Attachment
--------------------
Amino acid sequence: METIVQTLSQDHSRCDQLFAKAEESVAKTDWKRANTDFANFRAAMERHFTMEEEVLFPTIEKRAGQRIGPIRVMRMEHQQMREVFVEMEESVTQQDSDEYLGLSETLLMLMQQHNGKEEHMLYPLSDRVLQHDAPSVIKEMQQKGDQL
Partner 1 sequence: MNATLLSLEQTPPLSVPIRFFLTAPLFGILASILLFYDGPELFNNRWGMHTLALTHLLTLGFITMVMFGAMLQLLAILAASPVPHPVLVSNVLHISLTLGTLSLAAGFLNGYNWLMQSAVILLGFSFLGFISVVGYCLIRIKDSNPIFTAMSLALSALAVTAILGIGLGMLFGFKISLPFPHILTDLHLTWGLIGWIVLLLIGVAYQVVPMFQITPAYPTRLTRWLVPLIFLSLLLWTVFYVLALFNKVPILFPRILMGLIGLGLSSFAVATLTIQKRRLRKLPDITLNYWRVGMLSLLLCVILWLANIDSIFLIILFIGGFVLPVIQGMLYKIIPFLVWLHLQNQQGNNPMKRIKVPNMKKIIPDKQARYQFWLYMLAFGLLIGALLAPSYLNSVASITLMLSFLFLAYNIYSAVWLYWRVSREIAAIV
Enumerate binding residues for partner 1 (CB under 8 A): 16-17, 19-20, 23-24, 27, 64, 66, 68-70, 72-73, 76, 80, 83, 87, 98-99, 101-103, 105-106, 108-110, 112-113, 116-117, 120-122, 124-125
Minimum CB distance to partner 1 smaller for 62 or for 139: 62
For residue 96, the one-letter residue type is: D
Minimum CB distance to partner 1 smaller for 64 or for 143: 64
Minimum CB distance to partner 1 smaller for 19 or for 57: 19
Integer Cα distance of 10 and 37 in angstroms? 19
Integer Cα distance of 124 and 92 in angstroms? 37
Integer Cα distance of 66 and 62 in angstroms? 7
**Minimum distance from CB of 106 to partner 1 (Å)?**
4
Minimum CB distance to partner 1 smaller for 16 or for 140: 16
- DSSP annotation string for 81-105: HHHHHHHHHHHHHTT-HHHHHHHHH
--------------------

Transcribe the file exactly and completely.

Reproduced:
Amino acid sequence: METIVQTLSQDHSRCDQLFAKAEESVAKTDWKRANTDFANFRAAMERHFTMEEEVLFPTIEKRAGQRIGPIRVMRMEHQQMREVFVEMEESVTQQDSDEYLGLSETLLMLMQQHNGKEEHMLYPLSDRVLQHDAPSVIKEMQQKGDQL
Partner 1 sequence: MNATLLSLEQTPPLSVPIRFFLTAPLFGILASILLFYDGPELFNNRWGMHTLALTHLLTLGFITMVMFGAMLQLLAILAASPVPHPVLVSNVLHISLTLGTLSLAAGFLNGYNWLMQSAVILLGFSFLGFISVVGYCLIRIKDSNPIFTAMSLALSALAVTAILGIGLGMLFGFKISLPFPHILTDLHLTWGLIGWIVLLLIGVAYQVVPMFQITPAYPTRLTRWLVPLIFLSLLLWTVFYVLALFNKVPILFPRILMGLIGLGLSSFAVATLTIQKRRLRKLPDITLNYWRVGMLSLLLCVILWLANIDSIFLIILFIGGFVLPVIQGMLYKIIPFLVWLHLQNQQGNNPMKRIKVPNMKKIIPDKQARYQFWLYMLAFGLLIGALLAPSYLNSVASITLMLSFLFLAYNIYSAVWLYWRVSREIAAIV
Enumerate binding residues for partner 1 (CB under 8 A): 16-17, 19-20, 23-24, 27, 64, 66, 68-70, 72-73, 76, 80, 83, 87, 98-99, 101-103, 105-106, 108-110, 112-113, 116-117, 120-122, 124-125
Minimum CB distance to partner 1 smaller for 62 or for 139: 62
For residue 96, the one-letter residue type is: D
Minimum CB distance to partner 1 smaller for 64 or for 143: 64
Minimum CB distance to partner 1 smaller for 19 or for 57: 19
Integer Cα distance of 10 and 37 in angstroms? 19
Integer Cα distance of 124 and 92 in angstroms? 37
Integer Cα distance of 66 and 62 in angstroms? 7
**Minimum distance from CB of 106 to partner 1 (Å)?**
4
Minimum CB distance to partner 1 smaller for 16 or for 140: 16
- DSSP annotation string for 81-105: HHHHHHHHHHHHHTT-HHHHHHHHH